Apple thought about buying Bing from Microsoft in 2020, according to insiders. This revelation has emerged amidst Google’s ongoing battle with a massive antitrust lawsuit, shedding light on an alternate reality where the dynamics of search engines could have been drastically different.
Citing confidential sources, Bloomberg reported that high-level discussions took place between representatives of Apple and Microsoft in 2020. The primary objective of these talks was to explore the possibility of Apple assuming control of Bing through an acquisition. Eddy Cue, Apple’s esteemed services chief and the mastermind behind securing Google as the default search engine on iPhones, reportedly engaged in negotiations with Microsoft executives.
While these discussions were exploratory in nature and did not culminate in any definitive action, they nevertheless provide a fascinating glimpse into what might have been. The timing of this revelation is particularly intriguing, as it coincides with Google’s ongoing antitrust case. The Department of Justice has thrown its weight behind claims that Google’s dominant position in the search engine market is bolstered by hefty payments made to tech giants like Apple, Samsung, and Mozilla.
These payments have led to Google becoming the premier search engine on their respective devices and browsers. The Department contends that these practices stifle competition, discouraging other tech companies from venturing into the search engine arena due to the immense financial resources required to compete.
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Bing has often been the underdog of the search engine realm, sometimes considered a punchline in the industry. The notion of an iPhone featuring Bing as its default search engine appeared, in many ways, as a curious blend of groundbreaking technology and a search engine struggling to maintain relevance, at least as of 2020.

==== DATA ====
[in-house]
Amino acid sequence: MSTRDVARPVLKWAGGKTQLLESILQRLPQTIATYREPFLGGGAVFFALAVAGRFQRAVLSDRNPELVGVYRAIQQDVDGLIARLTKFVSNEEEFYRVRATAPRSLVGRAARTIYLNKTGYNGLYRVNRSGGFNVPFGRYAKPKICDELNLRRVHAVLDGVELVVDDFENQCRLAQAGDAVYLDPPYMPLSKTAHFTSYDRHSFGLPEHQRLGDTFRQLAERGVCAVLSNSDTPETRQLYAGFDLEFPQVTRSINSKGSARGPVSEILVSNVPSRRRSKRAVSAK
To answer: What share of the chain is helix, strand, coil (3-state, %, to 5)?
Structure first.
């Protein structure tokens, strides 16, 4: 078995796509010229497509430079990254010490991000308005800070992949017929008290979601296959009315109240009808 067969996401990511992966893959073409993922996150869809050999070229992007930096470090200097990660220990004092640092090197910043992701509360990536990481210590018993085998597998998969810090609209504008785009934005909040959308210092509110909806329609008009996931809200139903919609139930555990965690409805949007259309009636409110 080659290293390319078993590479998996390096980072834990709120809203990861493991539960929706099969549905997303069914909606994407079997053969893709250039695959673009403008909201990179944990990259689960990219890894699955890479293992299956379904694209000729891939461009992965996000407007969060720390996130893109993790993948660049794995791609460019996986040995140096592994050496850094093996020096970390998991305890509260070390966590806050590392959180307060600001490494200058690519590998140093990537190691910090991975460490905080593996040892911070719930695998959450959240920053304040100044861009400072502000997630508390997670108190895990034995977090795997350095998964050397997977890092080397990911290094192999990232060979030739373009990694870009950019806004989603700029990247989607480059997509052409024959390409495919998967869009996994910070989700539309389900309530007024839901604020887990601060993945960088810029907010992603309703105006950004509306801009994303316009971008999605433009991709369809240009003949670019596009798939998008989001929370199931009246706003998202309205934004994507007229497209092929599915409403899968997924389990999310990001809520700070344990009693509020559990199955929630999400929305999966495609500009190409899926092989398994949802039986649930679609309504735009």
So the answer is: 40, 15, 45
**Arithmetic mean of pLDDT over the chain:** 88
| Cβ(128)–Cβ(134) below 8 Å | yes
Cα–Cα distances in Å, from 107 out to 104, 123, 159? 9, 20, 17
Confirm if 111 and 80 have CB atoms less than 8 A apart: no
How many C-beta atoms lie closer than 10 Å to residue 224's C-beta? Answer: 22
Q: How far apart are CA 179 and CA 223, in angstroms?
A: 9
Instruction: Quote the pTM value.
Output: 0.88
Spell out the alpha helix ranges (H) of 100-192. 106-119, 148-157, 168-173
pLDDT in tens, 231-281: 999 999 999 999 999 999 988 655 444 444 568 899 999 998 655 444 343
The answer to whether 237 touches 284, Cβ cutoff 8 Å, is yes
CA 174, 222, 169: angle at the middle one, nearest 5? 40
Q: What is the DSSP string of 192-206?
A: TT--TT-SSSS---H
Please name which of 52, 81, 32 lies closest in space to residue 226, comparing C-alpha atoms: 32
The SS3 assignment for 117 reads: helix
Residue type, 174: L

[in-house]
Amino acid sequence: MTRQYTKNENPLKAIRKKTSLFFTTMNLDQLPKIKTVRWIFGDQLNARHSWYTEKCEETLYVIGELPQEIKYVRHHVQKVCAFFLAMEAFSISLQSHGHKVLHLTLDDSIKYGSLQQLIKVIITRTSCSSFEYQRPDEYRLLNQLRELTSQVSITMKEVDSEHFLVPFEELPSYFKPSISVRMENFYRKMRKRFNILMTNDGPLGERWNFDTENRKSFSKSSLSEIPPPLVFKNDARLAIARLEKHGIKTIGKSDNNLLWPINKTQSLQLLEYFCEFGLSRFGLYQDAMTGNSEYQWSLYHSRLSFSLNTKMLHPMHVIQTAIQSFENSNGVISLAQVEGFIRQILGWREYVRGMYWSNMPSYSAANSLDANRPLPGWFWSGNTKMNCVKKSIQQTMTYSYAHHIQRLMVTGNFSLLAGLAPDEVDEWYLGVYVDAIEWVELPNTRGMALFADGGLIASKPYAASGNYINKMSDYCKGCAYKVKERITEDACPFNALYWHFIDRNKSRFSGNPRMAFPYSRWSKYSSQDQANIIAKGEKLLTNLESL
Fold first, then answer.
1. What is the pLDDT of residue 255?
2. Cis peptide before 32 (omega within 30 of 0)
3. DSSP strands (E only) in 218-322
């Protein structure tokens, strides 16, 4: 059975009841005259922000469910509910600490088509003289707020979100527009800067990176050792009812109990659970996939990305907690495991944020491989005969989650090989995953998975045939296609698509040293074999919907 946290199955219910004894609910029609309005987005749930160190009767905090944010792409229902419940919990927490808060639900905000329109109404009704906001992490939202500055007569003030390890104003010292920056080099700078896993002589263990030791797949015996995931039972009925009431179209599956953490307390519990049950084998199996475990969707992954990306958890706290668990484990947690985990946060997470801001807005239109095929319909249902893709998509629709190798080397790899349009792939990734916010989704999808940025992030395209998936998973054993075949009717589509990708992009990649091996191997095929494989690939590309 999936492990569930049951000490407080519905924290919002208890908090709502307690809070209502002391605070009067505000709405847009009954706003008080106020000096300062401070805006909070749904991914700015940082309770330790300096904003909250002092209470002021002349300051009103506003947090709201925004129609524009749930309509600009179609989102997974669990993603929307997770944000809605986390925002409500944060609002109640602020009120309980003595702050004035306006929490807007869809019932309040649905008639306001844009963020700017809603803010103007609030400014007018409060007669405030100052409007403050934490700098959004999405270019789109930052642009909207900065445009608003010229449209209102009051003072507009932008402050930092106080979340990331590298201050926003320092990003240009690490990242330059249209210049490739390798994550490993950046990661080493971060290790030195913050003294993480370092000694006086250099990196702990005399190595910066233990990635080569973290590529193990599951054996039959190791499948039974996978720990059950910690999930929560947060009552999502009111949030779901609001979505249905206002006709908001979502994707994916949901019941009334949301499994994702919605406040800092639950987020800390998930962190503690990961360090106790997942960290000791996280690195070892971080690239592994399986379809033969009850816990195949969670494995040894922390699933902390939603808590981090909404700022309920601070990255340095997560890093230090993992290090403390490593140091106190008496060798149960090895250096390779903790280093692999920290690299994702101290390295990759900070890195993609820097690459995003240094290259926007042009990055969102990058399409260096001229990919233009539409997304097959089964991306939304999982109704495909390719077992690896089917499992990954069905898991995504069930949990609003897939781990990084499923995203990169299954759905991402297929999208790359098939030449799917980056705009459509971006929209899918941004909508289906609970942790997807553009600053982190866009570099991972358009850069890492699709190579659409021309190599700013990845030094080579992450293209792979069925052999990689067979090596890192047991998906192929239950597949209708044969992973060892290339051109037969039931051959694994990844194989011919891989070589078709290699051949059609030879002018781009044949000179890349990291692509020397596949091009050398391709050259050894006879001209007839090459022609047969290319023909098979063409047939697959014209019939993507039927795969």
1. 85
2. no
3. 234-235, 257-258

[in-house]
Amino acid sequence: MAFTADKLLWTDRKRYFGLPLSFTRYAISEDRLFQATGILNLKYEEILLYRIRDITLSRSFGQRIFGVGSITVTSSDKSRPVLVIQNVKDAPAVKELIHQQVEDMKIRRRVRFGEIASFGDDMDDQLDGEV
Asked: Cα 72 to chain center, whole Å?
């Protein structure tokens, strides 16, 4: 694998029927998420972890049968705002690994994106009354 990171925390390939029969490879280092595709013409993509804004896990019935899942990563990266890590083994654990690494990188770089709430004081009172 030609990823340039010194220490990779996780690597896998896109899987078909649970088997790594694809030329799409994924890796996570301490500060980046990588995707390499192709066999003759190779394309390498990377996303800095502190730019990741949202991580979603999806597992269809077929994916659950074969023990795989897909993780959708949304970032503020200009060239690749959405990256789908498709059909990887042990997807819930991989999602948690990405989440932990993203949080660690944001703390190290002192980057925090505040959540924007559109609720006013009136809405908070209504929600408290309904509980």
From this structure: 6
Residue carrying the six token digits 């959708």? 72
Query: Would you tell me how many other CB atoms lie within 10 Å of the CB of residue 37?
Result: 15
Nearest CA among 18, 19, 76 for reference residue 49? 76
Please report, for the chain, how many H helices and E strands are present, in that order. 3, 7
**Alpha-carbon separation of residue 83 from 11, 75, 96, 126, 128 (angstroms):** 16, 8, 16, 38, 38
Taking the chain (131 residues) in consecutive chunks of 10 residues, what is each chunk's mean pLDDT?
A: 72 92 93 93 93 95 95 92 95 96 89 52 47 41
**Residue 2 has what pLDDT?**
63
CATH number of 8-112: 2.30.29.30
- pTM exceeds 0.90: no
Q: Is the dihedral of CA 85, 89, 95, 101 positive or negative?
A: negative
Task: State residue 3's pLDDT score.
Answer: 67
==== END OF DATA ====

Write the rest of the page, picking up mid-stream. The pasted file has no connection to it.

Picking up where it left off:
However, Bing had seen a resurgence in attention and traffic, thanks to Microsoft’s substantial investments in integrating OpenAI’s technology into its products. This collaboration, though promising, has not been without its challenges. Notably, Microsoft doesn’t possess outright ownership of OpenAI but has provided cloud computing infrastructure in exchange for a significant share of profits until the tech startup reimburses Microsoft’s investment.
As we ponder this tantalizing “what if” scenario, it becomes evident that the tech world’s ever-shifting dynamics and potential mergers and acquisitions continue to captivate both industry insiders and the wider public. While the idea of Bing becoming Apple’s search engine may remain a tantalizing glimpse into an alternate reality, it underscores the intricate web of negotiations, competition, and innovation that defines the world of technology.
In this era of rapid technological advancement, even the most unconventional alliances and acquisitions are not beyond the realm of possibility, making the tech industry a perpetual source of excitement and intrigue.